Join NH Fish and Game’s Let’s Go Fishing Program at the NH Fly Fishing Show on February 24, 2018 as we offer two free fly tying programs.
From 10-11:30 am fly tying instructor Scott Biron will offer free a beginner tying class. All materials, tools and equipment will be supplied. New tyers or beginners will learn to tie a soft hackle fly. Registration is required and spots are limited. Registration is online at:
https://nhfishandgame.com/EventWeb/Event/ReservedEvents use the code NHFF1
From 1-2:30 pm fly tying instructor Scott Biron will offer free a intermediate tying class. All materials, tools and equipment will be supplied. Intermediate tyers with 2 or more years of experience will learn how to tie an effective NH fly pattern you can use this spring. Registration is required and spots are limited. Registration is online at:
https://nhfishandgame.com/EventWeb/Event/ReservedEvents use the code NHFF2
For more information on the show go to http://www.merrimacktu.org/fly-fish-new-hampshire-show-2017/
I was visiting with a friend an few weeks back and he has a great deal of NH fishing experience. We were discussing Lake Sunapee, which is basically in my back yard. It's a lake I drive by a lot and always say to myself......I need to fish that lake at ice out this year. Determined to do it I began poking around at fly patterns that might work. My friend said he knew people who fish a Purple Smelt back in the day and the results were good. In my research I came upon Ora Smith's Purple Smelt Pattern in both a tandem and on a single streamer hook.
I never met Ora but I have researched him and spoked to loads of folks who knew him. My guess is he was a practice tyer and used materials that he could get locally. One thing that he used a lot of was teal flank feathers for cheeks on streamers. Last year I tied a load of his patterns and had great results with many that had teal cheeks.
We will give it a try on Lake Sunapee this spring and report back.
Ora Smith was one of the first NH fly tyers I studied under the NH Traditional Arts Grant in 2017. There has been a lot written about him and he had hundreds of patterns. I would consider him a Monadnock fly tyer being based in Keene, NH. Many of his patterns were specifically tied for waterbodies in the Monadnock region. Many of his patterns were named for the person he tied them for and sadly most have faded away. A percentage of his flies became and remain popular state wide. Years ago I was tying his Canopache pattern at the Fly Fishing Show and my friend Ron Sowa came by. He shared this story about the fly. There were some camps in Wolfeboro, NH called the Canopache Camps. Ora trolled the fly along the shoreline where the camps were and the results were very good.....and that is how fly got it's name. The camps are no longer there but Canopache Road marks their spot. I could not tie these flies fast enough at the show and get the eyes painted on them. Customers were scooping them up in handfuls.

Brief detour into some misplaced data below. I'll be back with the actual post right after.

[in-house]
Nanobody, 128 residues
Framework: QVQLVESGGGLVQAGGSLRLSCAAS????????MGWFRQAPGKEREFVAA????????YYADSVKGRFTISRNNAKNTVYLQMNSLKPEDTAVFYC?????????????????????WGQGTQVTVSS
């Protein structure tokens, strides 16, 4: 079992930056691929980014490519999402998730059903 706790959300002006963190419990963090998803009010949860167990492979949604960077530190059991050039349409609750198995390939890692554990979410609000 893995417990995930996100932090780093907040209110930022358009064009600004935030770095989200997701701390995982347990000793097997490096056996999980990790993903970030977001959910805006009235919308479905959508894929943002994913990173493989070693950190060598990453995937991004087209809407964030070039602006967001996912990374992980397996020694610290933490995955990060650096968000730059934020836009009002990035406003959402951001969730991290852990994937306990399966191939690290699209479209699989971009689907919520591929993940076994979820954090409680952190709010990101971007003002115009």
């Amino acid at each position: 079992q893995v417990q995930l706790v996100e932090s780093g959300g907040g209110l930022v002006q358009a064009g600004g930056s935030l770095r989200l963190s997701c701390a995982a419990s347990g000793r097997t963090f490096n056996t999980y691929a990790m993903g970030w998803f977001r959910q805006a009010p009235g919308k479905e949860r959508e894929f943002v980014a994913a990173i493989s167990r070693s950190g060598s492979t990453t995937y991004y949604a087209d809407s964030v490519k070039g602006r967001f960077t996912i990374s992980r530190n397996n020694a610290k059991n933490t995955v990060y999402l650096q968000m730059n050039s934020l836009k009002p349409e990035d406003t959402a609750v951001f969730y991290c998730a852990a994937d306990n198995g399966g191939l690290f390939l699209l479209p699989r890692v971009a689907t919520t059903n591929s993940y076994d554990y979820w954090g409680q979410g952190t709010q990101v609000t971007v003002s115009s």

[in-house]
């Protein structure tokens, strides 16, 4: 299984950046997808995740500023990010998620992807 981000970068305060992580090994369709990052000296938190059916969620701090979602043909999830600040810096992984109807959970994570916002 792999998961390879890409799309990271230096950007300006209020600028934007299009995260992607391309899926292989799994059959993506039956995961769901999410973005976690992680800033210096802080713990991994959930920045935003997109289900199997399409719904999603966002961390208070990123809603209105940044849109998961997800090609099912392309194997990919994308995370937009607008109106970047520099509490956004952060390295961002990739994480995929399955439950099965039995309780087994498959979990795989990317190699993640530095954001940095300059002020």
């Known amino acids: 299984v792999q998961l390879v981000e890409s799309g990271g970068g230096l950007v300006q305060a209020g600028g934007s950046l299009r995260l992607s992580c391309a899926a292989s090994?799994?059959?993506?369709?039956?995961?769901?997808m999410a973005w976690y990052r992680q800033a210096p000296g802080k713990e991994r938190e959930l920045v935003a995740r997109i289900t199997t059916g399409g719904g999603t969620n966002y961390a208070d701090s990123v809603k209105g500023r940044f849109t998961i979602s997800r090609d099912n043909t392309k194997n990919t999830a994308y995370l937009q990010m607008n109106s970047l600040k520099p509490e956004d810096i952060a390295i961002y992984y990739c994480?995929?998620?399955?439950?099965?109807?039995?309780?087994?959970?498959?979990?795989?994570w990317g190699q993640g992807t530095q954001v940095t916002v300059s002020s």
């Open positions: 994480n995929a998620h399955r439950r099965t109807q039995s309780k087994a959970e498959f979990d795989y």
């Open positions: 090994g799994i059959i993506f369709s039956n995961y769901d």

As part of the grant I researched most of his fly patterns and tied many at area shows. As with many patterns they evolved as materials became too expensive or newer materials became available. I challenged myself to tie a large number of his lesser known patterns and also fish them. Interestingly, almost all of them caught fish.
The video that is below is from a tape that my friend Gary Cutter took in 1998. Ora discusses how he began fly tying, the price of materials, the Maynard Marvel fly and you see two customers at his house buying flies.
There is something about this fly pattern that makes it both fun to tie and very effective to fish. It's another pattern that was developed by Jim Warner to be fished in Lake Winnipesaukee......and yes there is a story behind it.
The fly was created at the request of George and Helen Babb. They were from Alton Bay and as best as I can figure out may have owned a shop that amoung other things sold flies. The story goes that they ask Jim to tie them a Grey Ghost but to modify it by adding three primary colors. The colors were, blue, red and yellow bucktail and as the fly was fished they would mix up a bit which made the pattern highly effective.
Years ago I saw a video of Jim tying a fly and he shared a story about some customer coming in his shop and looking at the board of Grey Ghosts for sale. He went on to say the guy chose the most perfect Grey Ghost, took it out of the package, placed it on the floor and ground the fly into the floor with his foot. Then he held the up the fly and proclaimed "now thats a Grey Ghost". They guy was no more than 20 yards off the dock trolling when he caught a salmon.
The underlying point to this story and the Babbs Ghost is that the more beat up, mixed up a fly looks often contributes to its effectiveness. I also feel the the combination of the three colors of bucktail blend to give off a real smelt like color.
Babbs Ghost Jim Warner Pattern
Hook: 10X Streamer hook in 2, 4 or 6
Tag: Silver mylar
Body: Black floss 4 strands
Rib: Silver mylar #14 12 wraps
Belly: Sparse white bucktail as long as the wing
Wing: First layer--sparse blue bucktail
Second layer--sparse red bucktail
Third layer--sparse yellow bucktail
Topped with 4 blue dun saddle hackles
Shoulder: Silver pheasant
Cheeks: Jungle cock
Tying notes: I've seen the bucktail tied over peacock herl. The fly does out really nice if you tie the black floss in at the head using two strands and then wrap back and then forward doubling it and giving you the four strands.
Happy New Year
Scott Biron is a fly tyer from New Hampshire.